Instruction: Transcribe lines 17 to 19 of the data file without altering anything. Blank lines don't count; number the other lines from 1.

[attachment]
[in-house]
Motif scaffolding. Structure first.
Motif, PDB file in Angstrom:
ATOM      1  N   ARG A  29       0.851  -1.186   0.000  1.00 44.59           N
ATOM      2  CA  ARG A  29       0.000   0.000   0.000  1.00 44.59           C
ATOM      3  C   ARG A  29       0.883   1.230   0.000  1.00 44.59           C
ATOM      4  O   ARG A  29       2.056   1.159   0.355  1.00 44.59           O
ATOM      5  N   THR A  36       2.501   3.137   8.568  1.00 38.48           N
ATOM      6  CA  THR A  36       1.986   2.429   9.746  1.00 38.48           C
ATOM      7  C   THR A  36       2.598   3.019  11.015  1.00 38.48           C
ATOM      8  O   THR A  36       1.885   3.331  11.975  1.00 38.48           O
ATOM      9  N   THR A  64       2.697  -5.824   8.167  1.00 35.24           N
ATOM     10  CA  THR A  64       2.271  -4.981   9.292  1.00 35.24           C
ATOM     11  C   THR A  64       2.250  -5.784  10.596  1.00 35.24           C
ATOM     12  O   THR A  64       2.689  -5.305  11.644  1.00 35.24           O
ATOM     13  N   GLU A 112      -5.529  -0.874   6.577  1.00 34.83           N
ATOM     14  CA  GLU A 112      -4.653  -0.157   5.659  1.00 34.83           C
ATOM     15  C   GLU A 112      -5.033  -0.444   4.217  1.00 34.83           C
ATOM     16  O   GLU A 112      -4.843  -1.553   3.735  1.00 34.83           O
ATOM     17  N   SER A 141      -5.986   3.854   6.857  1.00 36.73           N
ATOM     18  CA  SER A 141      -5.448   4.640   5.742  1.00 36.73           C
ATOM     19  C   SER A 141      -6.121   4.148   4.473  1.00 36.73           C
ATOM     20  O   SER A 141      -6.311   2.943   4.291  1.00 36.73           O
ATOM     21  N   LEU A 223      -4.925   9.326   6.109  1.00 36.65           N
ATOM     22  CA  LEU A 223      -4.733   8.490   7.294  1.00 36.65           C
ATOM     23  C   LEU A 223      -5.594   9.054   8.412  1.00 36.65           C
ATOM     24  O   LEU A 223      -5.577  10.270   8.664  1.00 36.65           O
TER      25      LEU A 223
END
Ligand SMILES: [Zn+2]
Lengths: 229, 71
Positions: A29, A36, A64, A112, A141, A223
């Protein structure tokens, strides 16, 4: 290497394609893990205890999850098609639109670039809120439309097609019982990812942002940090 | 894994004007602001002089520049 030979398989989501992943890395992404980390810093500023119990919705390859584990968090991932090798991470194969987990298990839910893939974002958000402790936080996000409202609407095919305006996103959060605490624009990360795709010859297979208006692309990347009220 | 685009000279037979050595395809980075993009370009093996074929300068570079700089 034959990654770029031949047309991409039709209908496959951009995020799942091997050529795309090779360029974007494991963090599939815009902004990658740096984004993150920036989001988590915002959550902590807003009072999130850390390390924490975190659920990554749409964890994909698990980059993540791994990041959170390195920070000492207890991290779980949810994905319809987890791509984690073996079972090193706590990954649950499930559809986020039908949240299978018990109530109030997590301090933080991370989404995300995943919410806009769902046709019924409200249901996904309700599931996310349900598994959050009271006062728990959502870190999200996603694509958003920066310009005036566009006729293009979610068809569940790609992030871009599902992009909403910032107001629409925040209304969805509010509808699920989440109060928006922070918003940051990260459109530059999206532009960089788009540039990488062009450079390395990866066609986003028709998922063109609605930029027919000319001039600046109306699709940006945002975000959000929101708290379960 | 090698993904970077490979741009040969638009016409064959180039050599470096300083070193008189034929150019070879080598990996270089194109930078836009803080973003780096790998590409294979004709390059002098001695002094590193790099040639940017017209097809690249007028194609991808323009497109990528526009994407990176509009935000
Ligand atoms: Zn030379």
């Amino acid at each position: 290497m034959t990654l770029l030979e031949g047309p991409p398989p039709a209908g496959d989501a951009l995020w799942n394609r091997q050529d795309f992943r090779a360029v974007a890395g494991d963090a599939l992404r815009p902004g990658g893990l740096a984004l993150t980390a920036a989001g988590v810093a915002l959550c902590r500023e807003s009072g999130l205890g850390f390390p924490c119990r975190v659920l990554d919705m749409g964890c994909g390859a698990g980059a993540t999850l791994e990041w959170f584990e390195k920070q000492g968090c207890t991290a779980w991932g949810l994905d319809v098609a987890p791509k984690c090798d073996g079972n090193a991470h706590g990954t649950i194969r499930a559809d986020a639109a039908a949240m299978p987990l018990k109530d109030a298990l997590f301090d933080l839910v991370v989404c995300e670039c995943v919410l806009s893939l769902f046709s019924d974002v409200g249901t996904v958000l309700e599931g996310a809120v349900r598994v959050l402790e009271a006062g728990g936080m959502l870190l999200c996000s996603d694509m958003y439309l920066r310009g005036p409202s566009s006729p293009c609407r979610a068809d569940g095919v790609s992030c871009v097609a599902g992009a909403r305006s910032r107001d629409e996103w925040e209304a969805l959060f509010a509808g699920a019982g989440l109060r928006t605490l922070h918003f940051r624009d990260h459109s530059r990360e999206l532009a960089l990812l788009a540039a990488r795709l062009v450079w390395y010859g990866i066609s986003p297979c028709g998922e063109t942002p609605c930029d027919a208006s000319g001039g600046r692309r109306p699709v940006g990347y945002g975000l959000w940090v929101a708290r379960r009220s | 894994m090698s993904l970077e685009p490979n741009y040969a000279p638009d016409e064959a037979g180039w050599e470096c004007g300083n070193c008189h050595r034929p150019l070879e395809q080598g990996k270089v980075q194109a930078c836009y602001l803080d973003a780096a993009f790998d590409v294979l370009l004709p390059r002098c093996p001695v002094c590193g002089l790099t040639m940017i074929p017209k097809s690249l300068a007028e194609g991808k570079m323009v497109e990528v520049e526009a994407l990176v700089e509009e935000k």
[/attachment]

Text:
ATOM     14  CA  GLU A 112      -4.653  -0.157   5.659  1.00 34.83           C
ATOM     15  C   GLU A 112      -5.033  -0.444   4.217  1.00 34.83           C
ATOM     16  O   GLU A 112      -4.843  -1.553   3.735  1.00 34.83           O